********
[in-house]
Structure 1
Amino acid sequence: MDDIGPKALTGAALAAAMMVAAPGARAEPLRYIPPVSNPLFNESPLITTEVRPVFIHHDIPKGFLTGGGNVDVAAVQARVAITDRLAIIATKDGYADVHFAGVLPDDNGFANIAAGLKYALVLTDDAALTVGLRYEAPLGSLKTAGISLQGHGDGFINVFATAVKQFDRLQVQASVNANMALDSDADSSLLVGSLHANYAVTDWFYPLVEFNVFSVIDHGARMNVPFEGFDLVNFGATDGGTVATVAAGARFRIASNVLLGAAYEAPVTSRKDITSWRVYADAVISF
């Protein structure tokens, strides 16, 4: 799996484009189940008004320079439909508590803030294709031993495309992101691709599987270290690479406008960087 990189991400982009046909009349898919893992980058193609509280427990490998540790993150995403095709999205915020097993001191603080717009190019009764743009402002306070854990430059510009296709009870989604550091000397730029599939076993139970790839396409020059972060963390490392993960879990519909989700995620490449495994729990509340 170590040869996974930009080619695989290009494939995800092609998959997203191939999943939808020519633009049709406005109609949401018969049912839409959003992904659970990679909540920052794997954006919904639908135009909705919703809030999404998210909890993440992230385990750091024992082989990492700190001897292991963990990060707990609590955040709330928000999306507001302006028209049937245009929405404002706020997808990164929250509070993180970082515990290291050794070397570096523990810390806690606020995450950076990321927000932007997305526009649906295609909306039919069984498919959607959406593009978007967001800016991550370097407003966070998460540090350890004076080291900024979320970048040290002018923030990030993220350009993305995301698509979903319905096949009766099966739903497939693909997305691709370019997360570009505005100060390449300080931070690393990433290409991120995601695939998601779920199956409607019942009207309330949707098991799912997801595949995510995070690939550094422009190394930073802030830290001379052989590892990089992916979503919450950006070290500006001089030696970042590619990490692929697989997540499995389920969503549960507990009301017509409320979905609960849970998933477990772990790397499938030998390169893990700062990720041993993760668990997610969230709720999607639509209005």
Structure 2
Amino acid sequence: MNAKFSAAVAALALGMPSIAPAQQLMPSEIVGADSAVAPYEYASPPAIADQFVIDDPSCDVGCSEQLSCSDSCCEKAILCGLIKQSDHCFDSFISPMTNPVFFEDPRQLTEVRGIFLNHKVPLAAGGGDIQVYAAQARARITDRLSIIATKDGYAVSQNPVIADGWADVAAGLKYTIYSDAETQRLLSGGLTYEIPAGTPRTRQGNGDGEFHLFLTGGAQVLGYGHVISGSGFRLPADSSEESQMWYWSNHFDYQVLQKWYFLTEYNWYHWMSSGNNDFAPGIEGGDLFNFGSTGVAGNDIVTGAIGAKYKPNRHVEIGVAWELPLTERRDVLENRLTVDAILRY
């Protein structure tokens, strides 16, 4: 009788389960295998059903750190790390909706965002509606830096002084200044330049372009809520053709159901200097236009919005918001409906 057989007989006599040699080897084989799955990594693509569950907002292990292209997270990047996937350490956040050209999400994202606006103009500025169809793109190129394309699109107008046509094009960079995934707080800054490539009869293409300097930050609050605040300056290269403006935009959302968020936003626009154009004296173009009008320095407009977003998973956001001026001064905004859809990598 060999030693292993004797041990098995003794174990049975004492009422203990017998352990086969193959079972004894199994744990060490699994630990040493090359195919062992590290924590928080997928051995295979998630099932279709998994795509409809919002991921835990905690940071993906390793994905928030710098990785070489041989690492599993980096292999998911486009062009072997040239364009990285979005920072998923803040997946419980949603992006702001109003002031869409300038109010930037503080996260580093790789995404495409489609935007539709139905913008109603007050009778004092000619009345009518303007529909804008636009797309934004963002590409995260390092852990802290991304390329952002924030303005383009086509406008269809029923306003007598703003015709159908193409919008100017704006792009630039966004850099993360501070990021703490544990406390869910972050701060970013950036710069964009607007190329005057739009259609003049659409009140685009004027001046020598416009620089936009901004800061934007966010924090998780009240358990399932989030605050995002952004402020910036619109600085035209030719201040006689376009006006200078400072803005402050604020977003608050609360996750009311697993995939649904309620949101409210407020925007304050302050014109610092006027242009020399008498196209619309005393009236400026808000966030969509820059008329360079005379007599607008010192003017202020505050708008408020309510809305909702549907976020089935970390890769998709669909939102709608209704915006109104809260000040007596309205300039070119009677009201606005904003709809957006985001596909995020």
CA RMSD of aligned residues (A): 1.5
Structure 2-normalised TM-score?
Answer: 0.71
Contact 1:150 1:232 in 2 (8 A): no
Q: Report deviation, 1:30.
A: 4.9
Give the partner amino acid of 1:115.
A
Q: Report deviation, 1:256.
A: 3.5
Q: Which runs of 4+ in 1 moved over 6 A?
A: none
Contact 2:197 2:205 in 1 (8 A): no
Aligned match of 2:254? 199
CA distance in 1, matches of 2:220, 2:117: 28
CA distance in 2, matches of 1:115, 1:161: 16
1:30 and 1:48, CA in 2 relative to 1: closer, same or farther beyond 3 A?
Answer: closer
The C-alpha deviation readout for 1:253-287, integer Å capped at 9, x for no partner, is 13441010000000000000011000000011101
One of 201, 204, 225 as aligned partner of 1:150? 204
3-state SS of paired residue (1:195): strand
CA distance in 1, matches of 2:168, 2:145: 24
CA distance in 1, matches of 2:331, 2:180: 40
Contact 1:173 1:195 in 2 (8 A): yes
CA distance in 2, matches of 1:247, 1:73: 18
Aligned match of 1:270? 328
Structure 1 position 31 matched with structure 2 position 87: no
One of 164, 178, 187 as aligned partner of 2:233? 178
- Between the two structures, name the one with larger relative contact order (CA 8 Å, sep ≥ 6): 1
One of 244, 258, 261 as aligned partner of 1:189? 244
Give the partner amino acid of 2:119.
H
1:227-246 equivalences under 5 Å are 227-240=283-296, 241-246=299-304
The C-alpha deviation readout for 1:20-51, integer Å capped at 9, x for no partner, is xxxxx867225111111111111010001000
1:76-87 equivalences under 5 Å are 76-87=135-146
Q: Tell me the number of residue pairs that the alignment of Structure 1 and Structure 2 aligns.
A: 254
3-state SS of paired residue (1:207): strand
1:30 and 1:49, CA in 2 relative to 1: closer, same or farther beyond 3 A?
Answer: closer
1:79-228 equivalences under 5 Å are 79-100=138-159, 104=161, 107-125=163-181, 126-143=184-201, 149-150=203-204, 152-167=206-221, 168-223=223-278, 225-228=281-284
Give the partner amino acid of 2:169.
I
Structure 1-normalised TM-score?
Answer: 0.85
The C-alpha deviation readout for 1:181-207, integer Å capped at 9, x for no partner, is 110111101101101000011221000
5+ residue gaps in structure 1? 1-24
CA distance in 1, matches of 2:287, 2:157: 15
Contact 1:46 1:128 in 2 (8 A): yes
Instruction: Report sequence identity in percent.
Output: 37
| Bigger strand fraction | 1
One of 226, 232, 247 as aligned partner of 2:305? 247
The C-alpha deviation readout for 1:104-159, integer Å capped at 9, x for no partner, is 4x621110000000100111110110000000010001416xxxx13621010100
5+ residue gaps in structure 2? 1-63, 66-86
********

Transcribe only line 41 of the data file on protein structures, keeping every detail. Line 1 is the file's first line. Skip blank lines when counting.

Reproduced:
The C-alpha deviation readout for 1:20-51, integer Å capped at 9, x for no partner, is xxxxx867225111111111111010001000